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dc.contributor.author Sulman, Benjamin N.
dc.contributor.author Desai, Ankur R.
dc.contributor.author Schroeder, Nicole M.
dc.contributor.author Ricciuto, Daniel M.
dc.contributor.author Barr, Alan G.
dc.contributor.author Richardson, Andrew D.
dc.contributor.author Flanagan, Larry B.
dc.contributor.author Lafleur, Peter M.
dc.contributor.author Tian, Hanqin
dc.contributor.author Chen, Guangsheng
dc.contributor.author Grant, Robert F.
dc.contributor.author Poulter, Benjamin
dc.contributor.author Verbeeck, Hans
dc.contributor.author Ciais, Philippe
dc.contributor.author Ringeval, Bruno
dc.contributor.author Baker, Ian T.
dc.contributor.author Schaefer, Kevin
dc.contributor.author Luo, Yiqi
dc.contributor.author Wong, Ensheng
dc.date.accessioned 2019-08-27T19:34:23Z
dc.date.available 2019-08-27T19:34:23Z
dc.date.issued 2012
dc.identifier.citation Sulman, B. N., Desai, A. R., Schroeder, N. M., Ricciuto, D., Barr, A., Richardson, A. D.,...Weng, E. (2012). Impact of hydrological variations on modeling of peatland CO2 fluxes: Results from the North American Carbon Program site synthesis. Journal of Geophysical Research (Biogeosciences), 117, G01031. doi:10.1029/2011JG001862, 2012 en_US
dc.identifier.uri https://hdl.handle.net/10133/5524
dc.description Sherpa Romeo green journal. Permission to archive final published version en_US
dc.description.abstract Northern peatlands are likely to be important in future carbon cycle-climate feedbacks due to their large carbon pools and vulnerability to hydrological change. Use of non-peatland-specific models could lead to bias in modeling studies of peatland-rich regions. Here, seven ecosystem models were used to simulate CO2 fluxes at three wetland sites in Canada and the northern United States, including two nutrient-rich fens and one nutrient-poor, sphagnum-dominated bog, over periods between 1999 and 2007. Models consistently overestimated mean annual gross ecosystem production (GEP) and ecosystem respiration (ER) at all three sites. Monthly flux residuals (simulated – observed) were correlated with measured water table for GEP and ER at the two fen sites, but were not consistently correlated with water table at the bog site. Models that inhibited soil respiration under saturated conditions had less mean bias than models that did not. Modeled diurnal cycles agreed well with eddy covariance measurements at fen sites, but overestimated fluxes at the bog site. Eddy covariance GEP and ER at fens were higher during dry periods than during wet periods, while models predicted either the opposite relationship or no significant difference. At the bog site, eddy covariance GEP did not depend on water table, while simulated GEP was higher during wet periods. Carbon cycle modeling in peatland-rich regions could be improved by incorporating wetland-specific hydrology and by inhibiting GEP and ER under saturated conditions. Bogs and fens likely require distinct plant and soil parameterizations in ecosystem models due to differences in nutrients, peat properties, and plant communities. en_US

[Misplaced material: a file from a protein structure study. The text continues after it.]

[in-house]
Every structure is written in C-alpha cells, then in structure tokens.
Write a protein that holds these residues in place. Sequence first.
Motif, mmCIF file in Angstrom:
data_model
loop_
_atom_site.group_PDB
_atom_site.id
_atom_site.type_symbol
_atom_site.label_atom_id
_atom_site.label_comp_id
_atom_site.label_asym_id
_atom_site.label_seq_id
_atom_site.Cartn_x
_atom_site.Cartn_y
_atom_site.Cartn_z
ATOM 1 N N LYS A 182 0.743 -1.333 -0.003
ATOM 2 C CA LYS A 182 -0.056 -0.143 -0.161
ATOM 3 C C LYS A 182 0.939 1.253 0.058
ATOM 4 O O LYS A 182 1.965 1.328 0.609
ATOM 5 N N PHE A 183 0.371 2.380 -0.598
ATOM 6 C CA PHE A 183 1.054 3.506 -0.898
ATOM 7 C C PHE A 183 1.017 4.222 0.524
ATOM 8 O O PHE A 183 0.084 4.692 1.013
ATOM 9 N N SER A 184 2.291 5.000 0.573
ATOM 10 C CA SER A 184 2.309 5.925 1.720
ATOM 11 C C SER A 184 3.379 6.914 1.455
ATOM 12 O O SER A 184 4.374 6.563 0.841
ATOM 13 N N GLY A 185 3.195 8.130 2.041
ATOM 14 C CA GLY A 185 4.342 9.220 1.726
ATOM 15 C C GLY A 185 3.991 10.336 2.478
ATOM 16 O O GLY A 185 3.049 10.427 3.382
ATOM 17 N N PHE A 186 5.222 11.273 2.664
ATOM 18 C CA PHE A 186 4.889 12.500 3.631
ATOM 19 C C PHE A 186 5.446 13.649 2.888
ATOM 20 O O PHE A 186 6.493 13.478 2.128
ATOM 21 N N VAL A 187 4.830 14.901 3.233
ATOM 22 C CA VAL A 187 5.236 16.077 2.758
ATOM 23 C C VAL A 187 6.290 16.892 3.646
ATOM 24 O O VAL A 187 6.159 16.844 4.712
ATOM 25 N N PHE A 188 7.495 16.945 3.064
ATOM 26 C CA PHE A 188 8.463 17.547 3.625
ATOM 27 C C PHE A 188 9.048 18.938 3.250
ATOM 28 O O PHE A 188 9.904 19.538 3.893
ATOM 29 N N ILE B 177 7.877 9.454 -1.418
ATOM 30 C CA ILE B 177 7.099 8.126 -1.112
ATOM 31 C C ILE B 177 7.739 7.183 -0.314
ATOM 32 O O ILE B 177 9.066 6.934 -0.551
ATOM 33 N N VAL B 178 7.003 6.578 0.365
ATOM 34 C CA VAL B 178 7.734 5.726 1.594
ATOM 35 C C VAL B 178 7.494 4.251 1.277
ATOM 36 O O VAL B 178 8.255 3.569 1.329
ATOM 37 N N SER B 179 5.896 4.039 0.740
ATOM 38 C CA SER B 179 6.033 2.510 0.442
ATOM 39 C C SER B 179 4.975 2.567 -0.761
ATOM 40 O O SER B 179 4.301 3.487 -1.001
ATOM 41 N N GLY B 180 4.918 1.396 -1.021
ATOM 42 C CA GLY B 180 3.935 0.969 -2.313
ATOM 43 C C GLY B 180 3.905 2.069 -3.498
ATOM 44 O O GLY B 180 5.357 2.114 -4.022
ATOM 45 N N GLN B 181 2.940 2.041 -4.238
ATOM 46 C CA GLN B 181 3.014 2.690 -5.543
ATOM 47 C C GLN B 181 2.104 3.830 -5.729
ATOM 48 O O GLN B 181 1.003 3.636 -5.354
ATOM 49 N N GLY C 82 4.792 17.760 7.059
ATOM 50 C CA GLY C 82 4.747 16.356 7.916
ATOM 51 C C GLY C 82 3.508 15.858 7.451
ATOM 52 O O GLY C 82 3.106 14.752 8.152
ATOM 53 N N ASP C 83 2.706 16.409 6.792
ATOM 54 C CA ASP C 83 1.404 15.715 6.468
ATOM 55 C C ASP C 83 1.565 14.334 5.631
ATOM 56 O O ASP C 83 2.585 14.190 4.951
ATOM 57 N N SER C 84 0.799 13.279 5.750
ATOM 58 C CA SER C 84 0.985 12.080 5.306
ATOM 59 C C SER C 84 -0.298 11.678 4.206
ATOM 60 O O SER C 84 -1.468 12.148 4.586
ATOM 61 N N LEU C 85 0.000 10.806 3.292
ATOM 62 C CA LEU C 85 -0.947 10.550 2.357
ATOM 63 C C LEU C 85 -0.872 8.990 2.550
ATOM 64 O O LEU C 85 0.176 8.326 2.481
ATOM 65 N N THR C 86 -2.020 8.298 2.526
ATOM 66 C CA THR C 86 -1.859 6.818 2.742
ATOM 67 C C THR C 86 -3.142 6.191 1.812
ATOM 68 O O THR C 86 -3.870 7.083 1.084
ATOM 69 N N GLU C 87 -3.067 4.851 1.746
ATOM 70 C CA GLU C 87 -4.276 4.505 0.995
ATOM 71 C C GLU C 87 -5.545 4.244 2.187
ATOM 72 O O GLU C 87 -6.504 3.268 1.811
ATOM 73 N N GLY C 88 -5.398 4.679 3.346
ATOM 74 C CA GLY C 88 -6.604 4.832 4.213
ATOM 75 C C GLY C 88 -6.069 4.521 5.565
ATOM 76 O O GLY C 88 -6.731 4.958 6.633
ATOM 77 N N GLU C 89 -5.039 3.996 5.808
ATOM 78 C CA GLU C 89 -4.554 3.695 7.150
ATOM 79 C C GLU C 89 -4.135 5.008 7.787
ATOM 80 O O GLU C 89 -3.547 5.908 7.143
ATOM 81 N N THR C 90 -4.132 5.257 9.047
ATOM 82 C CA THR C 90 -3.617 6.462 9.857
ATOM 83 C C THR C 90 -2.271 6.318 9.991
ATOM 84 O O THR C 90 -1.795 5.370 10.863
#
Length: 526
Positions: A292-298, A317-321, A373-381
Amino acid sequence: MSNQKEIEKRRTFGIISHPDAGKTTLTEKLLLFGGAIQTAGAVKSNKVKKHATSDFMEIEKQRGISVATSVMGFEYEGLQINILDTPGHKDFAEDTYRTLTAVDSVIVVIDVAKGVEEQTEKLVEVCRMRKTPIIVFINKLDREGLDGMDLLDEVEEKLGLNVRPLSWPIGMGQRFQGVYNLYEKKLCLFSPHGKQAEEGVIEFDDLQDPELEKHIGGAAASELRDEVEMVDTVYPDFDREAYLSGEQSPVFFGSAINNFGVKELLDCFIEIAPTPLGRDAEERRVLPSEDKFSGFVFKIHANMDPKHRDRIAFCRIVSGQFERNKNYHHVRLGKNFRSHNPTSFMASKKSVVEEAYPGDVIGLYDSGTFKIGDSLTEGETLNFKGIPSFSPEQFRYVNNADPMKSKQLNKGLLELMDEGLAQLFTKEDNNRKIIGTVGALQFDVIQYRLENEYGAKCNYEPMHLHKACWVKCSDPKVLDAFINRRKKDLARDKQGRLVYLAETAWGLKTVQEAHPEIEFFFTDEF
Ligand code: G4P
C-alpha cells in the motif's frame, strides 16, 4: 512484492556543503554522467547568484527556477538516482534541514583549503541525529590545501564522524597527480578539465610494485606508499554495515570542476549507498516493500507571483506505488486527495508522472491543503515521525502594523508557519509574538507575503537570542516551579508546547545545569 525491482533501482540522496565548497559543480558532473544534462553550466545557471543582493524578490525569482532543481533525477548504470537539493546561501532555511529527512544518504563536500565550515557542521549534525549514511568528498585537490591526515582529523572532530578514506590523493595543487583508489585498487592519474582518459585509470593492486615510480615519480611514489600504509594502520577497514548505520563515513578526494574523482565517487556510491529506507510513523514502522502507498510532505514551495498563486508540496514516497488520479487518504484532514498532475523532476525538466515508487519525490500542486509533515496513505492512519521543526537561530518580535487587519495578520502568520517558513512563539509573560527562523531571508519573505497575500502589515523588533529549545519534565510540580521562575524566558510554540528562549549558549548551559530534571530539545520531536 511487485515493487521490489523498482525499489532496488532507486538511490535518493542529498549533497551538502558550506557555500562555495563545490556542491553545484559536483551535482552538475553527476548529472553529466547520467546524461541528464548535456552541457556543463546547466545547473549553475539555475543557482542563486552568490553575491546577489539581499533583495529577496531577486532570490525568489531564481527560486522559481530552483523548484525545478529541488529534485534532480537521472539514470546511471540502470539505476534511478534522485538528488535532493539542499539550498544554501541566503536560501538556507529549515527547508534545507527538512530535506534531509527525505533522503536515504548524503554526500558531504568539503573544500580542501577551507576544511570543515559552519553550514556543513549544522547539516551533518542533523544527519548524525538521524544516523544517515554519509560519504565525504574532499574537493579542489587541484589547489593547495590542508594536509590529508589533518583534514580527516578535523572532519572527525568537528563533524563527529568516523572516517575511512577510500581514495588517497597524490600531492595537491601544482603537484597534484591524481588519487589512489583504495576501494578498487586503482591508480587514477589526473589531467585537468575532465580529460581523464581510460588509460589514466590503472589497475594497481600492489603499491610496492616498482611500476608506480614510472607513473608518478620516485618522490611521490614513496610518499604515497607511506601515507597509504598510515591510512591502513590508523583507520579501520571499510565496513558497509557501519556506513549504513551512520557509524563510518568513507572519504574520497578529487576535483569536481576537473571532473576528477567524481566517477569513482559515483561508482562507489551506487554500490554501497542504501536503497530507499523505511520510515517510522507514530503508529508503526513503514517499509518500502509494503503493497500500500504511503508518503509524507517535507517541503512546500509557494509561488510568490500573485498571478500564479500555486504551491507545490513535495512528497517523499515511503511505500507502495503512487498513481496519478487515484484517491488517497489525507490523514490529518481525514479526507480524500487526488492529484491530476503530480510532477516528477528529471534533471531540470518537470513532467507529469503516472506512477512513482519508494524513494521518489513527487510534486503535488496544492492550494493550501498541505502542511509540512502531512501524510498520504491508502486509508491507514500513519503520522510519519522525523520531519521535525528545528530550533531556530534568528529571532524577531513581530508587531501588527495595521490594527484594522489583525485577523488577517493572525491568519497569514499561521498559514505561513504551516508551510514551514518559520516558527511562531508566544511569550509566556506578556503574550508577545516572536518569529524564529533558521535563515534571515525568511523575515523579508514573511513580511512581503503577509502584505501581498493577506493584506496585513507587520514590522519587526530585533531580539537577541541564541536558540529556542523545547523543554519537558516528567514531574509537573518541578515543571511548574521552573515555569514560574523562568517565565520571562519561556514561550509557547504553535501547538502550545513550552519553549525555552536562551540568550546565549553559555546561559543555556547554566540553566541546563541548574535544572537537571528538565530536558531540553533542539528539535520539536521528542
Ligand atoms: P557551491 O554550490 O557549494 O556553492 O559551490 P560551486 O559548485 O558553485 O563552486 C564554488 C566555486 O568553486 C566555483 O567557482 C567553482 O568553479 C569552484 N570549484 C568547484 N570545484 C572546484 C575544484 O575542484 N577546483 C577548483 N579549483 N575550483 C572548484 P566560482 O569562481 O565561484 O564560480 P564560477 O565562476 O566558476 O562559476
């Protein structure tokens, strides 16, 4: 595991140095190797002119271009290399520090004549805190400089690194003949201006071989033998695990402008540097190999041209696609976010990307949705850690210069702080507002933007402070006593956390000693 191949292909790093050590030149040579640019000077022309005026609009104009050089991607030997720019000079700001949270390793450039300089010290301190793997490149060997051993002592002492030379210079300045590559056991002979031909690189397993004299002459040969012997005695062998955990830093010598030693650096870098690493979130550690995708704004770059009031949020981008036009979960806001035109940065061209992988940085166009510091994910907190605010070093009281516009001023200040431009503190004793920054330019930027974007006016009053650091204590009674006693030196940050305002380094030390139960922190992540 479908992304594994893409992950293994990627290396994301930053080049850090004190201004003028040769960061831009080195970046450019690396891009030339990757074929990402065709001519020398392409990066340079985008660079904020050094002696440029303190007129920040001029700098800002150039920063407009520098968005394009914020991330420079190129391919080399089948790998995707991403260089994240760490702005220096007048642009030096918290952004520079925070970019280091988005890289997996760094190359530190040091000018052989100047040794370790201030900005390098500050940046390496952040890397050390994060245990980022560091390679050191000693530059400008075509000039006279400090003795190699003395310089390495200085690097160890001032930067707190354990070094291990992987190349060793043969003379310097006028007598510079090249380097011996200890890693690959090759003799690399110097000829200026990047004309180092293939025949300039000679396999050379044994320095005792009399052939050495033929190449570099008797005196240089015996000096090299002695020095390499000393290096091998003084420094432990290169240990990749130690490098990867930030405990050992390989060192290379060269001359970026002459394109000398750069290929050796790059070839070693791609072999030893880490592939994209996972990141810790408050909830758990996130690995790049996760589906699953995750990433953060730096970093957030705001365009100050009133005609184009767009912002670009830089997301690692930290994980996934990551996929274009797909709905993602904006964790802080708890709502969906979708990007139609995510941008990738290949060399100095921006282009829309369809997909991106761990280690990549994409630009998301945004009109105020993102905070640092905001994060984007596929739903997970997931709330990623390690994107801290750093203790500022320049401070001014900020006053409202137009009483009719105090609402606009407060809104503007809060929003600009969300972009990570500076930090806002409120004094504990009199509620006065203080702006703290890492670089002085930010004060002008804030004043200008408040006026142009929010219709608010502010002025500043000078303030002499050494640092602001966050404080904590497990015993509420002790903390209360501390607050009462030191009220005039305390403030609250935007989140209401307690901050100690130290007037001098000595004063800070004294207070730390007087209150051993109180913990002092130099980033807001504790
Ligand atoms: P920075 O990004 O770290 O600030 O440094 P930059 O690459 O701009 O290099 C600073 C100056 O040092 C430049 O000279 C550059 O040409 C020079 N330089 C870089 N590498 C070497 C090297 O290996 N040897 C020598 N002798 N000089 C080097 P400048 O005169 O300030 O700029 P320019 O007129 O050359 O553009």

dc.language.iso en_US en_US
dc.publisher American Geophysical Union en_US
dc.subject CO2 fluxes en_US
dc.subject North American Carbon Program en_US
dc.subject Ecosystem models en_US
dc.subject Eddy covariance en_US
dc.subject Hydrology en_US
dc.subject Peatlands en_US
dc.subject.lcsh Bog ecology
dc.subject.lcsh Fen ecology
dc.subject.lcsh Peatland ecology
dc.subject.lcsh Evapotranspiration
dc.title Impact of hydrological variations on modeling of peatland CO2 fluxes: results from the North American Carbon Program site synthesis en_US
dc.type Article en_US
dc.publisher.faculty Arts and Science en_US
dc.publisher.department Department of Biological Sciences en_US
dc.description.peer-review Yes en_US
dc.publisher.institution University of Wisconsin-Madison en_US
dc.publisher.institution Oak Ridge National Laboratory en_US
dc.publisher.institution Environment Canada en_US
dc.publisher.institution Harvard University en_US
dc.publisher.institution University of Lethbridge en_US
dc.publisher.institution Trent University en_US
dc.publisher.institution Auburn University en_US
dc.publisher.institution University of Alberta en_US
dc.publisher.institution Swiss Federal Research Institute en_US
dc.publisher.institution Laboratoire des Sciences du Climat et de l'Environment en_US
dc.publisher.institution Ghent University en_US
dc.publisher.institution Colorado State University en_US
dc.publisher.institution University of Colorado at Boulder en_US
dc.publisher.institution University of Oklahoma en_US
dc.publisher.url https://dx.doi.org/10.1029/2011JG001862


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